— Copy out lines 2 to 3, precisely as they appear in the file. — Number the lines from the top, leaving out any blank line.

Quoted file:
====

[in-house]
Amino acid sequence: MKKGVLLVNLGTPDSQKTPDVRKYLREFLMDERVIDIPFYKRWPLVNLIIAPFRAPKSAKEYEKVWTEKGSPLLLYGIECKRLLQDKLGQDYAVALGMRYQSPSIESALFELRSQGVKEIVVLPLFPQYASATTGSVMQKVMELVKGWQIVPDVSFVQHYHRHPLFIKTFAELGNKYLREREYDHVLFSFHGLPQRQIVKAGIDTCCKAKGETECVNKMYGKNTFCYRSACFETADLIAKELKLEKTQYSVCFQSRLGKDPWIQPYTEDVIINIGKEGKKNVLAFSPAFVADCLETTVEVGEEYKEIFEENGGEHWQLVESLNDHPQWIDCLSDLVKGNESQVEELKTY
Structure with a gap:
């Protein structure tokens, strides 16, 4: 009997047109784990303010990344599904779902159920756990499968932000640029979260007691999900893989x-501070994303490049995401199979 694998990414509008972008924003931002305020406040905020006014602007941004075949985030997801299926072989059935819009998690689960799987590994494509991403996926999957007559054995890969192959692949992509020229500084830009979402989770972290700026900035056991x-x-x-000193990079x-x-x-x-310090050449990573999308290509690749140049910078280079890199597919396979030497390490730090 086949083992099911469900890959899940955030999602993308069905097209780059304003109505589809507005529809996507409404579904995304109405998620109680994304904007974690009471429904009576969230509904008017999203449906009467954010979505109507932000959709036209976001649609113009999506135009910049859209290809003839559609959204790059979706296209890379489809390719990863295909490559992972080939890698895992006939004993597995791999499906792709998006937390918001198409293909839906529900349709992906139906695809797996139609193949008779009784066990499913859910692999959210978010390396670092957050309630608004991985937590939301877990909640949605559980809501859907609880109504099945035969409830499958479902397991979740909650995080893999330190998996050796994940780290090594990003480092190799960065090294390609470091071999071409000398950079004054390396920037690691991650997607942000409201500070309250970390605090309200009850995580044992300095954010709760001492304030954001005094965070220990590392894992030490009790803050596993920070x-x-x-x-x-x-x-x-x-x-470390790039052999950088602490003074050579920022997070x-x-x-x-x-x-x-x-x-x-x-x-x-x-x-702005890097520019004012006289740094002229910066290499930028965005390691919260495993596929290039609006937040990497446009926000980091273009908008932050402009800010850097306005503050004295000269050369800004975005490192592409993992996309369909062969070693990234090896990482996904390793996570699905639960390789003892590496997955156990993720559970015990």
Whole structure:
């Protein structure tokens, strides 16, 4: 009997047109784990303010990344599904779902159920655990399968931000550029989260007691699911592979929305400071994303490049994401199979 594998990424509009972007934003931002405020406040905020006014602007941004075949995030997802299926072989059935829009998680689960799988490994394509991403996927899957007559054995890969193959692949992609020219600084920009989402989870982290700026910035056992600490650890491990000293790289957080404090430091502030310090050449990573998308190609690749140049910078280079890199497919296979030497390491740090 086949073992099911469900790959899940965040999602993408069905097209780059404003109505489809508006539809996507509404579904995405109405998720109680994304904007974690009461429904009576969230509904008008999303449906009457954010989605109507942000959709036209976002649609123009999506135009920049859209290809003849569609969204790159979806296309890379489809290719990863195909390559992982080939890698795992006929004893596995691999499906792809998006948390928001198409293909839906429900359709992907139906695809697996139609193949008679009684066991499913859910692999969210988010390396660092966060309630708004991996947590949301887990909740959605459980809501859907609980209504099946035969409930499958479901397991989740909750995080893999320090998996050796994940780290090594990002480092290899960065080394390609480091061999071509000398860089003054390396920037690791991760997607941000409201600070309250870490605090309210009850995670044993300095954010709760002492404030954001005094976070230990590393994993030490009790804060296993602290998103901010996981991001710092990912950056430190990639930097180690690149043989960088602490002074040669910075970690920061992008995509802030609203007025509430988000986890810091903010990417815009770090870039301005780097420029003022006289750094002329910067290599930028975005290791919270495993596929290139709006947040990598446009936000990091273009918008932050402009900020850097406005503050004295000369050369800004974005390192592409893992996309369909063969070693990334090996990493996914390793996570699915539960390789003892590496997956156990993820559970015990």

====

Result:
Amino acid sequence: MKKGVLLVNLGTPDSQKTPDVRKYLREFLMDERVIDIPFYKRWPLVNLIIAPFRAPKSAKEYEKVWTEKGSPLLLYGIECKRLLQDKLGQDYAVALGMRYQSPSIESALFELRSQGVKEIVVLPLFPQYASATTGSVMQKVMELVKGWQIVPDVSFVQHYHRHPLFIKTFAELGNKYLREREYDHVLFSFHGLPQRQIVKAGIDTCCKAKGETECVNKMYGKNTFCYRSACFETADLIAKELKLEKTQYSVCFQSRLGKDPWIQPYTEDVIINIGKEGKKNVLAFSPAFVADCLETTVEVGEEYKEIFEENGGEHWQLVESLNDHPQWIDCLSDLVKGNESQVEELKTY
Structure with a gap: